1. i updated as well… NO SEARCH? come on Apple… its more than likely just a firmware thing. don’t punish us $400 5G 60GIG users. we bought early and love your player… give us search too.

  2. “It’s unclear at this point as to why the new iPod has superior video and photo playtime but identical audio playtime to its predecessors; we’ll be checking this out in our upcoming reviews.”

    One would think the new screen might handle power better. The screen doesn’t need to stay lit all while playing just music the way it does during photo and video playback.

  3. Does anyone know of a place to buy online the old iPod Shuffle at a cheaper price? I figure now that there is a newer model, the old one should be fairly cheap. Amazon is still charging $99 for the 1GB (which is $20 more than the new model!)

  4. “We really hope Apple has a networked storage solution (a standalone wireless-ready hard drive) so that computers won’t need to be turned on at the same time as iTV is on.”

    This is a non-issue for me; my computer is ALWAYS on. I say keep the price point low and stream everything from my desk to my TV.

    I can imagine that an integrated hard drive on the iTV might be nice as an optional upgrade, but only as a solution for gi-normous video libraries. I prefer doing my media storage and management at my desk.

  5. lurchi, the photos on apples website show the new shuffle with the old phones. My guess would be that this was not a mistake since all the new nano and 5g photos have the new phones. Since the device won’t be out until October I guess we have to wait and see

    Kadis, you will have to wait until the new shuffle comes out in October for the clearance of the old shuffles. even then you will have to search around because alot of places sell of their old stock at regular price until it is gone.

  6. Updated my 5G iPod yesterday. I am a little disapointed that the new search function isnt included in this update. Or is this feature just for the new iPods?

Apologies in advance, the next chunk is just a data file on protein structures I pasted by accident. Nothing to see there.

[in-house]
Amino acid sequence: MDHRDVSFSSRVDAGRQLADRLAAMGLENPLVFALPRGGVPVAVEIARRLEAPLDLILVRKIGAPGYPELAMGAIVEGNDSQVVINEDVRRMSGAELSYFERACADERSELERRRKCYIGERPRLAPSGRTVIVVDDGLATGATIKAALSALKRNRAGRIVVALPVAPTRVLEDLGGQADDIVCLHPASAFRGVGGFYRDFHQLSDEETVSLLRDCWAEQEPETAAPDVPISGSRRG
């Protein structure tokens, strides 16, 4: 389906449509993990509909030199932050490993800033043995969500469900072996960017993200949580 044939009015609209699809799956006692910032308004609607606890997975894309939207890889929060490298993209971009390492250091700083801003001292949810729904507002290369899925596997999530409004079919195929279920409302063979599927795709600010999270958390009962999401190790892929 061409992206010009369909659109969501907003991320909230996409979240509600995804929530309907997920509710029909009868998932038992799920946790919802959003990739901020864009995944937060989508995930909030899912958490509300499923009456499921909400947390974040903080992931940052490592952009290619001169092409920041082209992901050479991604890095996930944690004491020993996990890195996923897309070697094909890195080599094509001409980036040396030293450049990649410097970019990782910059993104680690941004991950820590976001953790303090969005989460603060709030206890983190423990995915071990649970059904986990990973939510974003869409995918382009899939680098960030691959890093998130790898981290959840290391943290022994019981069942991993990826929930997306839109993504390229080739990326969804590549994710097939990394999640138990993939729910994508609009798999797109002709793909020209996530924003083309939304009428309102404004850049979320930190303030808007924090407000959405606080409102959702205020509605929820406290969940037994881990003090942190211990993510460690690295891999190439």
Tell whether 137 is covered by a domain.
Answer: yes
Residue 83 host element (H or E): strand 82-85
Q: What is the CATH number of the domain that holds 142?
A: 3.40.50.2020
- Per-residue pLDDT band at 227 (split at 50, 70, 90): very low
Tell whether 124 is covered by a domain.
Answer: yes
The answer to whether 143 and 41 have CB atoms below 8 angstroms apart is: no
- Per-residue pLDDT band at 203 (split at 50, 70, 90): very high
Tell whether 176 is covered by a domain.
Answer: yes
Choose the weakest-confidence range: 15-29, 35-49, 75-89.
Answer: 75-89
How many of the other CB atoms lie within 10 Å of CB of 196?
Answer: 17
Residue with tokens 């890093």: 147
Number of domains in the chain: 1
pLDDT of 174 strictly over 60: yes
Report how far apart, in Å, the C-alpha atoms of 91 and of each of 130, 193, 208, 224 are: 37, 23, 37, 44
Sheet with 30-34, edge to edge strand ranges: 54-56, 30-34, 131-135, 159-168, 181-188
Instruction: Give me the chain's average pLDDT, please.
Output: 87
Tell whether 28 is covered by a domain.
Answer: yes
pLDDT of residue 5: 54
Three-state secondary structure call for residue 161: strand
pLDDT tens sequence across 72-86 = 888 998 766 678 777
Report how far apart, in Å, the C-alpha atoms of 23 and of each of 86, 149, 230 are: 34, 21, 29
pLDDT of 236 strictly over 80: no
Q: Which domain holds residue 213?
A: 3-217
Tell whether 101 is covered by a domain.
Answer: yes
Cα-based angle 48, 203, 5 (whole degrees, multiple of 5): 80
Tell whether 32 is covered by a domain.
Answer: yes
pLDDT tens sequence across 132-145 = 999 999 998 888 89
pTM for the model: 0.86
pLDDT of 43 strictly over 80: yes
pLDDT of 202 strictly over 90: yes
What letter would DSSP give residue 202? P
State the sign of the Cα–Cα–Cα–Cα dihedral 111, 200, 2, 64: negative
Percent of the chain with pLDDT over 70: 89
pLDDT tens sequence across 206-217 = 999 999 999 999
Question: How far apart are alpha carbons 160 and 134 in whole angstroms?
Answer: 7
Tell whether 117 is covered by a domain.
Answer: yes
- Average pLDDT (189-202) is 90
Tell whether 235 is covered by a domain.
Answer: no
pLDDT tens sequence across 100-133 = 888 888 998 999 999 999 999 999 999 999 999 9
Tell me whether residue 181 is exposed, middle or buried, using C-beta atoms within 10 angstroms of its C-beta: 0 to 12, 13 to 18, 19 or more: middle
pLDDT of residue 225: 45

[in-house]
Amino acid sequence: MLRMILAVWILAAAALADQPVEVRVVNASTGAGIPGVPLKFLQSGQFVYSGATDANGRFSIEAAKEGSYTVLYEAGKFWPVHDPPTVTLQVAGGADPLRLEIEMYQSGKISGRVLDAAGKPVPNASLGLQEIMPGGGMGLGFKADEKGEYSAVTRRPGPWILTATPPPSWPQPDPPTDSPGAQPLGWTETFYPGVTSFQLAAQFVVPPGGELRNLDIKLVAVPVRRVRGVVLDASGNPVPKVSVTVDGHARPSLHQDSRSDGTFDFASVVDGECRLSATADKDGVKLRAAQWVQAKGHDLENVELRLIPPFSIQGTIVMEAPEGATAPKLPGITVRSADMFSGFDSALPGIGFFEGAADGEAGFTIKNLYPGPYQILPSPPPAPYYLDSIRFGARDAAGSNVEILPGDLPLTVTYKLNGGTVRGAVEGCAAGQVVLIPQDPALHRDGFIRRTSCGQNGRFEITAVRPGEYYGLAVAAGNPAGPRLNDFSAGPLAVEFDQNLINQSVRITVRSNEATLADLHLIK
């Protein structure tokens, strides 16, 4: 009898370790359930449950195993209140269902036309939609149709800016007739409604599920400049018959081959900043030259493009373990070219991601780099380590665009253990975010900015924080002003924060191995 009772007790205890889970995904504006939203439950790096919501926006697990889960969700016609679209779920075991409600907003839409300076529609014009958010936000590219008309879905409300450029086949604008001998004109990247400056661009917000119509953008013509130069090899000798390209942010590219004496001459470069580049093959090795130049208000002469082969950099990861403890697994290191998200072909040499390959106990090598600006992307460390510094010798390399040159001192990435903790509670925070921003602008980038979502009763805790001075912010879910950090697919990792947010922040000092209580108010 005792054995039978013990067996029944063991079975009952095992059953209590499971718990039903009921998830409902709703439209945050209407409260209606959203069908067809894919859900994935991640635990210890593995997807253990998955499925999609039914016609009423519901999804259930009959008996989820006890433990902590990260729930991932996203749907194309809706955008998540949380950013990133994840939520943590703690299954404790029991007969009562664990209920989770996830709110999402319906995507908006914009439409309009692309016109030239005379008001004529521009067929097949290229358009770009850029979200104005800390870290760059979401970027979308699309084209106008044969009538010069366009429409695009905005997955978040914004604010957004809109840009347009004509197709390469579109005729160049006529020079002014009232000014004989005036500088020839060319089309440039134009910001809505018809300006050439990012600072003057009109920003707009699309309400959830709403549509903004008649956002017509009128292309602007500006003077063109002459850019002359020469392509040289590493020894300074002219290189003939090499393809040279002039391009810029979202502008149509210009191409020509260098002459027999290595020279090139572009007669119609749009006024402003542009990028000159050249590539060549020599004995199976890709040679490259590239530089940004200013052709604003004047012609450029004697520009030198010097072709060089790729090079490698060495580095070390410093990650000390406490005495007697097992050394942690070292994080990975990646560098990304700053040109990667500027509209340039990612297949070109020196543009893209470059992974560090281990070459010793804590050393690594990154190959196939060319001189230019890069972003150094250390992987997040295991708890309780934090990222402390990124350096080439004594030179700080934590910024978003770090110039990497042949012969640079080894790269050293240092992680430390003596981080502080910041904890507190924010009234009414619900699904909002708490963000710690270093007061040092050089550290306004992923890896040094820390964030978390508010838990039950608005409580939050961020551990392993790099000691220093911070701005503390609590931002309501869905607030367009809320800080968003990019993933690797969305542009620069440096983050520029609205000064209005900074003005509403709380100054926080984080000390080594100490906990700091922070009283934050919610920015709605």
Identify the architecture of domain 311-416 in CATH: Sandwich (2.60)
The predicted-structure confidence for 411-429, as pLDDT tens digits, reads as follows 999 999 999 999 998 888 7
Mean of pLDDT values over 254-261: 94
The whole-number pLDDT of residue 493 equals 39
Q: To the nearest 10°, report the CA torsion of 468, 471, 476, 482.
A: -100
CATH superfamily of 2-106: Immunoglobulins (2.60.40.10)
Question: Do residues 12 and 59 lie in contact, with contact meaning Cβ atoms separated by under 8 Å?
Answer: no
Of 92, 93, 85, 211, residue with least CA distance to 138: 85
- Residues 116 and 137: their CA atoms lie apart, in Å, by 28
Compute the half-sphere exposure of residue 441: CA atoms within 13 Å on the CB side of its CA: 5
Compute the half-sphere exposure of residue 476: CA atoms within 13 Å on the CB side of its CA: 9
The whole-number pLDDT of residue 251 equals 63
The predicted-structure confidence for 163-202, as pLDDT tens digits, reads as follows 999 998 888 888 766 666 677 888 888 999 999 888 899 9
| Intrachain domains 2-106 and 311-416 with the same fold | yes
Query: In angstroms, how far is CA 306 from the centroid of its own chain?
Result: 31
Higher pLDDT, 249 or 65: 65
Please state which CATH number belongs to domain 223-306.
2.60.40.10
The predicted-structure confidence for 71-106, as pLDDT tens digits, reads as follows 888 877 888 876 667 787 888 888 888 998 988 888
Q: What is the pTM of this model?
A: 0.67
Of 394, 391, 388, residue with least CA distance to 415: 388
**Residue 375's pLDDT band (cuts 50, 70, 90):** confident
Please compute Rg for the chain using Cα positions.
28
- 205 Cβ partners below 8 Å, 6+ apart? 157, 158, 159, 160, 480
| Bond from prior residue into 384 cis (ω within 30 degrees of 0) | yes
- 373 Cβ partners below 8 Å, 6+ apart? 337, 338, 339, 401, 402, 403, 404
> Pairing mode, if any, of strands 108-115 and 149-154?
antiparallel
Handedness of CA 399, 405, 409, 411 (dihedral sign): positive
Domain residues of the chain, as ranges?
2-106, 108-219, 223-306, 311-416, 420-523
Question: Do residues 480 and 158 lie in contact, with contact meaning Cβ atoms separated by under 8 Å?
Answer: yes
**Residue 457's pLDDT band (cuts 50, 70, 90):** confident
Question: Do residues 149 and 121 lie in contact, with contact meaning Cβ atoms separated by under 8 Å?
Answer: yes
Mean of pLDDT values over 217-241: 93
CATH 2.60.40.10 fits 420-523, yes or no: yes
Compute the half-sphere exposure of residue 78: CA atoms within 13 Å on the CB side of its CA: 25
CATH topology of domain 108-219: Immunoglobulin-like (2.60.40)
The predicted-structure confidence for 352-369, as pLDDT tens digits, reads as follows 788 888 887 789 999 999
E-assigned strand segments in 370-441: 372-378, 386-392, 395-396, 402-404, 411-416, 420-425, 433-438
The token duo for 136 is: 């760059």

7. isn’t it possible that the next ipod (ie. 6G) will provide the storage capacity that iTV will need ? the menu system on that iTV demo screen

    looks very iPod like.
    i’m thinking that that USB port you can see on the iTV could be used for docking ipod G6. then when your computer is on, stream the newest

    content wirelessly/using ethernet port to iTV. when computer is off, your iTV becomes your media hub, allowing you to sync & power your ipod,

    as well as view content on TV. apple can leverage the success of ipod, by giving it an important position in the center of their new home


    … in fact, come to think of it, why have a computer at all ? … provided iTV can connect to an internet router & can serve up a simplified

    iTunes browser straight to your TV, which you can command & control using the iTV remote.. lots more TVs than computers in the home & TVs much

    easier to use.

    at first thought, having a home system which relies on having an iPod in place for storage seems bad, in that if you take the iPod out, nobody

    else can watch iTV, but this could actually be more of a feature. the ipod becomes like a ‘key’. you could take it to someone else’s house &

    put it in their iTV system & they could watch your content ? the movie studios are cagey about file copying & DRM issues, but apple can

    produce a system here in which the content is kept within one iPod, but can be ‘shared’ only by people physically meeting.. which in fact is

    likely to virally encourage people to buy the same movies/music as their mates as “when bobby came around we watched half of this really cool

    show, but he had to leave with his iPod before it finished”…

  8. I agree that it was a good move not to change the 5g design. Business wise I mean, but now that the Zune is out…

    I was suprised they didn’t speak to the intergration with iTV, but I’m sure it was something to anouce in 07

  9. My understanding is that the 5.5G iPod can playback the new 640×480 videos from iTunes, but scales them to 320×240 since that is the resolution of the display. Is this also the case for the 5G ipod with the software update? Also, what resolution is used when using the TV out functionality?

  10. I can vouch that the 5.5G iPod scales down the 640×480 videos. So does the old 5g iPod after the firmware upgrade.